A BRYAN PROPHECY.
Captain Wise Thinks Bryan Will
New York and Be Elected.
Richmond Times, 2d.
Hon. George D. Wise is back from
his vacation. He spent some time in
Nova Scotia, where he met Bishop
J agger, wno nas oiien preacnea at Bt.
Paul's, and Bishop Jupsoiving, of
(japtain wise spent' some time in
New York on his return home. He
said to a Times reporter last night:
I firmlv believe Brvan will be elect
ed President. Four years ago when I
was in New York all the talk was in
favor of McKinley. I was surprised
to learn this week of the 'remarkable
changes that hav come about. It is
Bryan now. The people realize that
free silver is a dead issue. Probably
85 per cent of- the gold Democrats in
New York are for Bryan. I mixed a
good deal with the neonle. I talked
with them on- the street cars, in hotels
ana garnered information from my
political and journal friends. Brvan.
in my judgment, will carry New York
COUNTY tax BnnKSl
Are Now in the Hands of Sheriff
Walter O. MacRae for
THE COUNTY COMMISSIONERS.
Regular Monthly Meeting for Month of
September-New Public Road in Cape
Pear Township-Other Matters
Considered by the Board.
The most notable incident of yester
day afternoon's regular monthly meet
ing of the Board of County Commis
sioners was tne receiving 01 tne tax
books for the current year, which have
just been computed under the supervi
sion of Mr. T. O. Bunting. The books
were found satisfactory in every respect
and were turned over to Sheriff Mac
Rae in the afternoon for the collection
of the taxes thereon. 'The computa
tion shows material gains in every
detail. The valuation of real and
personal property in Wilmington
township assessed against white per
sons is $6,258,434; colored persons,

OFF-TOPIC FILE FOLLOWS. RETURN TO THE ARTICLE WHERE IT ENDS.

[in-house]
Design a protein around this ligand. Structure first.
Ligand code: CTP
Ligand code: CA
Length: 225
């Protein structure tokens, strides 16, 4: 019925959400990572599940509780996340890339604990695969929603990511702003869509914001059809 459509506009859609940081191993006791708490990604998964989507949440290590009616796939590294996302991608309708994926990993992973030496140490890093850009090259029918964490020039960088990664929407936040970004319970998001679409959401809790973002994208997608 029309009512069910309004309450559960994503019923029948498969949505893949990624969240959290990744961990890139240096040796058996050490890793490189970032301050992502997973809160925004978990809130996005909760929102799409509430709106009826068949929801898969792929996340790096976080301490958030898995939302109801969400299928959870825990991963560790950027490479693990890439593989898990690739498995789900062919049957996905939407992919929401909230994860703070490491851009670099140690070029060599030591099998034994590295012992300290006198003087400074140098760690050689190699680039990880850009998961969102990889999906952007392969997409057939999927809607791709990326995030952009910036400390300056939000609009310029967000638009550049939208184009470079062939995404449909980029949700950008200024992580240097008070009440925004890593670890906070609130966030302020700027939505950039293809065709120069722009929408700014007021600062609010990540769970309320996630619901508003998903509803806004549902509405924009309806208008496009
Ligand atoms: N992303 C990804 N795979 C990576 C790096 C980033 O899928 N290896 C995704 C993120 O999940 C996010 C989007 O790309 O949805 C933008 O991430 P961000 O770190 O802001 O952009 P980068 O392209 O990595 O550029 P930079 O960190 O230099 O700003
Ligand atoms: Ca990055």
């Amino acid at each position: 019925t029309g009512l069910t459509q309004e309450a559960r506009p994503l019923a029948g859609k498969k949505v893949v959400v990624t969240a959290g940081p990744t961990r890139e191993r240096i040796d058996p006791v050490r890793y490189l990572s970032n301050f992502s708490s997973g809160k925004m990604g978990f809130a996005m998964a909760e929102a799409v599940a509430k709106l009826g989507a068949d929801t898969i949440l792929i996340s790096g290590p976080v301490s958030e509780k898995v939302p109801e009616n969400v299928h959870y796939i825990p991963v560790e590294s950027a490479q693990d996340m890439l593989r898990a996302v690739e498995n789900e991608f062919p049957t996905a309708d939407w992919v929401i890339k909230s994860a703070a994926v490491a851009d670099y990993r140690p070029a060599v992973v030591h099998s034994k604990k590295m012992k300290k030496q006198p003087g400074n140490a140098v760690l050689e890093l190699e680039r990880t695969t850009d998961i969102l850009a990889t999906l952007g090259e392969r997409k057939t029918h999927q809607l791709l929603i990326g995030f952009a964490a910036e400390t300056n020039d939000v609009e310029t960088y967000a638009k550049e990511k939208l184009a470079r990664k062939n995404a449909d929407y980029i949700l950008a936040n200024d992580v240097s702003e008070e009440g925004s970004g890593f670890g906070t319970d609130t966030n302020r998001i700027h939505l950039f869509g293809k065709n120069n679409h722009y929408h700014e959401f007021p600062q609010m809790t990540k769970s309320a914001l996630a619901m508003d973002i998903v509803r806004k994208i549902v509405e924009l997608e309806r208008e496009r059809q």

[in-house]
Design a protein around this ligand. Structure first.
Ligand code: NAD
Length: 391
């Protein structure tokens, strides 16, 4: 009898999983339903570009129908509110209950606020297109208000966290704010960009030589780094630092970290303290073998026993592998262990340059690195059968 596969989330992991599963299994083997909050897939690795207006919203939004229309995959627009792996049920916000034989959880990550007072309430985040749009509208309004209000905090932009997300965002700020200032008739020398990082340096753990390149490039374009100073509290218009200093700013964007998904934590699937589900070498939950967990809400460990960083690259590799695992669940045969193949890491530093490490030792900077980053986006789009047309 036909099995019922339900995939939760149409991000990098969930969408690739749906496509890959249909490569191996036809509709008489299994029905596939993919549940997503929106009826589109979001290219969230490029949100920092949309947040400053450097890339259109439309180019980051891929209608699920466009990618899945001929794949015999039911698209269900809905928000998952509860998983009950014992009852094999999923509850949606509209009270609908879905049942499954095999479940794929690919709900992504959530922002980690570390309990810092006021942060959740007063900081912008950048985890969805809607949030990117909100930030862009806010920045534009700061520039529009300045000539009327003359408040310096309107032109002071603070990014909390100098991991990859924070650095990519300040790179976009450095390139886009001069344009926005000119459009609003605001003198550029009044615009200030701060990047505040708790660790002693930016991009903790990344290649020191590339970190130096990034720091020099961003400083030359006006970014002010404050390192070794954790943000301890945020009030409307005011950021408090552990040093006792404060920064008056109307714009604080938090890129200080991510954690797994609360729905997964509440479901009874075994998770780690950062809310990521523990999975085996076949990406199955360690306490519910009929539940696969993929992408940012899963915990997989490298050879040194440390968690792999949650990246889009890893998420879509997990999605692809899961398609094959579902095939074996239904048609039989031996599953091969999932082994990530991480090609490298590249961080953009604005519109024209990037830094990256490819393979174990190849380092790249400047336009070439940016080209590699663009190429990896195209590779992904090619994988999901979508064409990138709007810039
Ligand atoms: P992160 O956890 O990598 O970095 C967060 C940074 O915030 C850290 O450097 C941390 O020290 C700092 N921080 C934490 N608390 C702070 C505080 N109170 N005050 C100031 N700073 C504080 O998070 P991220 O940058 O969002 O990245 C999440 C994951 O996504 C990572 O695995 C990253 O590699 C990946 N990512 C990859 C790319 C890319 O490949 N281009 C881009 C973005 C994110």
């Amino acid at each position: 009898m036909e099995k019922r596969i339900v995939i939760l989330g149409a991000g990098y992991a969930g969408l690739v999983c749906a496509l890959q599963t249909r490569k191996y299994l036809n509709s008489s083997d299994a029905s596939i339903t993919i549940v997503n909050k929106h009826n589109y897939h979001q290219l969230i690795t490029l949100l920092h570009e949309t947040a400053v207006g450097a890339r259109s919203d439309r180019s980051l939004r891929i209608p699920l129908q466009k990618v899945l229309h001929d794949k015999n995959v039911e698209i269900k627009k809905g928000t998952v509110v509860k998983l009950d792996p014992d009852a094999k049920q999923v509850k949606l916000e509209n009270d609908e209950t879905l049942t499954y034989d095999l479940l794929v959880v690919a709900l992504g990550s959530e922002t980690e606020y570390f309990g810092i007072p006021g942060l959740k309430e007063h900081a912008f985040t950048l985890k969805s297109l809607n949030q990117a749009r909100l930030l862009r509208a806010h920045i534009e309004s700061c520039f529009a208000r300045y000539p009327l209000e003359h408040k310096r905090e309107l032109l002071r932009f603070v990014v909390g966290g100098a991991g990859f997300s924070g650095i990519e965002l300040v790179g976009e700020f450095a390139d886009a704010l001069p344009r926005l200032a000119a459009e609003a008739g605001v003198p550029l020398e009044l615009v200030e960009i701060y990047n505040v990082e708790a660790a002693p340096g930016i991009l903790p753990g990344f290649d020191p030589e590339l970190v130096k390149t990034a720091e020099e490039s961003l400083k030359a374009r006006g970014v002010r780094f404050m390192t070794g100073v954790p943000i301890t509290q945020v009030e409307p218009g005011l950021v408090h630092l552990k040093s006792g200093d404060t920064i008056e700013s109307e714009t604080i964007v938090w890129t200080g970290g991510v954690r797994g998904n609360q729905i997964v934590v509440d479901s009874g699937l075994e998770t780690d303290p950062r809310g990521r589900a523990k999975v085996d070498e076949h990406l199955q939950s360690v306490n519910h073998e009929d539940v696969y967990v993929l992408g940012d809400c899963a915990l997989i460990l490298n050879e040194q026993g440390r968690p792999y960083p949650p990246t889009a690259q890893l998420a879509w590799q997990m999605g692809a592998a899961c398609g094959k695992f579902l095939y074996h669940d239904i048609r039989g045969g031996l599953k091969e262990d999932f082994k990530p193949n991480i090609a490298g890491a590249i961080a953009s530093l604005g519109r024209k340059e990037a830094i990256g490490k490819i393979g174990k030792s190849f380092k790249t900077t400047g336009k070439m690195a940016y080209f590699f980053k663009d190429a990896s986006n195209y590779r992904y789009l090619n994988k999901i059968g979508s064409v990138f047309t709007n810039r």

$388,443. Total, $6,646,877. In the
country townships the amounts are,
white persons, $754,449; colored, $63,
865. Total, $818,314. ,Tbe grand total
valuation is $7,465,191!; The total per
sonal property valuation in the county,
which of course is included in the
above, amounts to $1,522,879.
In Wilmington township the total
number of polls listed is, white, 1,797;
colored, 1,122; Chinamen, 5. Country
townships: White, 331; colored, 895.
Total city and county 3,650. Last
year the number of polls listed in the
county was 2,010 white and 1,714 col
ored; total 3,724. Of this number
1,722 white and 1,303 colored were in
Wilmington; 288 white and 411 col
ored in country townships. Of course
none of the above figures includes the
The total amount of taxes this year
from all sources is $86,480.14 against
$83,775.46 last year. Of this last
amount $74,109.86 is from Wilming
ton township and $9,665.60 from coun
try townships. This year's revenue
will be divided as to city and country
as $76,531.61 is to $9,948.53. .
In looking over the compilation it is
noticeable that only ten dogs are listed
in the county ; eight in Wilmington
and two in the country.
Sheriff MacRae, after receiving the
books vesterdav. set the pace for his
fellow county men, He paid his tax